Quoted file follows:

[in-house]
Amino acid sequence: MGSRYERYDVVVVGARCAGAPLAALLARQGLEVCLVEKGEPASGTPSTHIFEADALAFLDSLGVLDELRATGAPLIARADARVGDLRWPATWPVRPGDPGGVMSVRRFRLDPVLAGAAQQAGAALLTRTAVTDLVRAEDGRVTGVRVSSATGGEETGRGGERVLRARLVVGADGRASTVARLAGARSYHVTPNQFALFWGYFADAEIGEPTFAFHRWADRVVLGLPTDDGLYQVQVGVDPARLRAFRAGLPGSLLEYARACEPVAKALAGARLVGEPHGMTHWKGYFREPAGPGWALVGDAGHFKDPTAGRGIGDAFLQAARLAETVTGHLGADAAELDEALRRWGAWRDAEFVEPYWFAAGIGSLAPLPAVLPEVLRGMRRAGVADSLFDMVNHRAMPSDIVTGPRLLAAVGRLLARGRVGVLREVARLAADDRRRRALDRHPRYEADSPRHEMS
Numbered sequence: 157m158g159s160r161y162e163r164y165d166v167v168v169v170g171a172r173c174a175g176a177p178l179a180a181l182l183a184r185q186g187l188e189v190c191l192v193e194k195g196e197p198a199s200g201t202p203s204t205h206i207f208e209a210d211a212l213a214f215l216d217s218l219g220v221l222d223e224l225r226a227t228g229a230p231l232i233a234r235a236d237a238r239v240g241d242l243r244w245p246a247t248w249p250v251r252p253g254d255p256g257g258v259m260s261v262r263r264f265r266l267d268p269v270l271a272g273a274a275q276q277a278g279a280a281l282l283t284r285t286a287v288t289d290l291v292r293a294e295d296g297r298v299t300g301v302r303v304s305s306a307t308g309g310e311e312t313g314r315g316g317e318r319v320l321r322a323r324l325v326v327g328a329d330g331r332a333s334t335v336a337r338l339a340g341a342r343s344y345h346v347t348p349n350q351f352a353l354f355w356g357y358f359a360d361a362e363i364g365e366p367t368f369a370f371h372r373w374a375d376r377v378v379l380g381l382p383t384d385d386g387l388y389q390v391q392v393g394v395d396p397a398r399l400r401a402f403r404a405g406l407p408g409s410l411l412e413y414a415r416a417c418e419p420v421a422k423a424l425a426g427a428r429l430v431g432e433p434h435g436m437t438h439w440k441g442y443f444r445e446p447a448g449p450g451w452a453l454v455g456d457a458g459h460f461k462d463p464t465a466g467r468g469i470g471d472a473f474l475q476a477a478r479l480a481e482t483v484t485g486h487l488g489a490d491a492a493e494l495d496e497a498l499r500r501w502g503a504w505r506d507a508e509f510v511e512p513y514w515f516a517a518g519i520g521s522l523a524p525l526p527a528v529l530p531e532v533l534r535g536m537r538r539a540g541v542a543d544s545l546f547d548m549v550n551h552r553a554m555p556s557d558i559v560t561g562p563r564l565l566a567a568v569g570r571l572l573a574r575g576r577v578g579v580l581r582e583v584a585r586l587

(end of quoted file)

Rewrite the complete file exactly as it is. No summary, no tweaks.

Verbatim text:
[in-house]
Amino acid sequence: MGSRYERYDVVVVGARCAGAPLAALLARQGLEVCLVEKGEPASGTPSTHIFEADALAFLDSLGVLDELRATGAPLIARADARVGDLRWPATWPVRPGDPGGVMSVRRFRLDPVLAGAAQQAGAALLTRTAVTDLVRAEDGRVTGVRVSSATGGEETGRGGERVLRARLVVGADGRASTVARLAGARSYHVTPNQFALFWGYFADAEIGEPTFAFHRWADRVVLGLPTDDGLYQVQVGVDPARLRAFRAGLPGSLLEYARACEPVAKALAGARLVGEPHGMTHWKGYFREPAGPGWALVGDAGHFKDPTAGRGIGDAFLQAARLAETVTGHLGADAAELDEALRRWGAWRDAEFVEPYWFAAGIGSLAPLPAVLPEVLRGMRRAGVADSLFDMVNHRAMPSDIVTGPRLLAAVGRLLARGRVGVLREVARLAADDRRRRALDRHPRYEADSPRHEMS
Numbered sequence: 157m158g159s160r161y162e163r164y165d166v167v168v169v170g171a172r173c174a175g176a177p178l179a180a181l182l183a184r185q186g187l188e189v190c191l192v193e194k195g196e197p198a199s200g201t202p203s204t205h206i207f208e209a210d211a212l213a214f215l216d217s218l219g220v221l222d223e224l225r226a227t228g229a230p231l232i233a234r235a236d237a238r239v240g241d242l243r244w245p246a247t248w249p250v251r252p253g254d255p256g257g258v259m260s261v262r263r264f265r266l267d268p269v270l271a272g273a274a275q276q277a278g279a280a281l282l283t284r285t286a287v288t289d290l291v292r293a294e295d296g297r298v299t300g301v302r303v304s305s306a307t308g309g310e311e312t313g314r315g316g317e318r319v320l321r322a323r324l325v326v327g328a329d330g331r332a333s334t335v336a337r338l339a340g341a342r343s344y345h346v347t348p349n350q351f352a353l354f355w356g357y358f359a360d361a362e363i364g365e366p367t368f369a370f371h372r373w374a375d376r377v378v379l380g381l382p383t384d385d386g387l388y389q390v391q392v393g394v395d396p397a398r399l400r401a402f403r404a405g406l407p408g409s410l411l412e413y414a415r416a417c418e419p420v421a422k423a424l425a426g427a428r429l430v431g432e433p434h435g436m437t438h439w440k441g442y443f444r445e446p447a448g449p450g451w452a453l454v455g456d457a458g459h460f461k462d463p464t465a466g467r468g469i470g471d472a473f474l475q476a477a478r479l480a481e482t483v484t485g486h487l488g489a490d491a492a493e494l495d496e497a498l499r500r501w502g503a504w505r506d507a508e509f510v511e512p513y514w515f516a517a518g519i520g521s522l523a524p525l526p527a528v529l530p531e532v533l534r535g536m537r538r539a540g541v542a543d544s545l546f547d548m549v550n551h552r553a554m555p556s557d558i559v560t561g562p563r564l565l566a567a568v569g570r571l572l573a574r575g576r577v578g579v580l581r582e583v584a585r586l587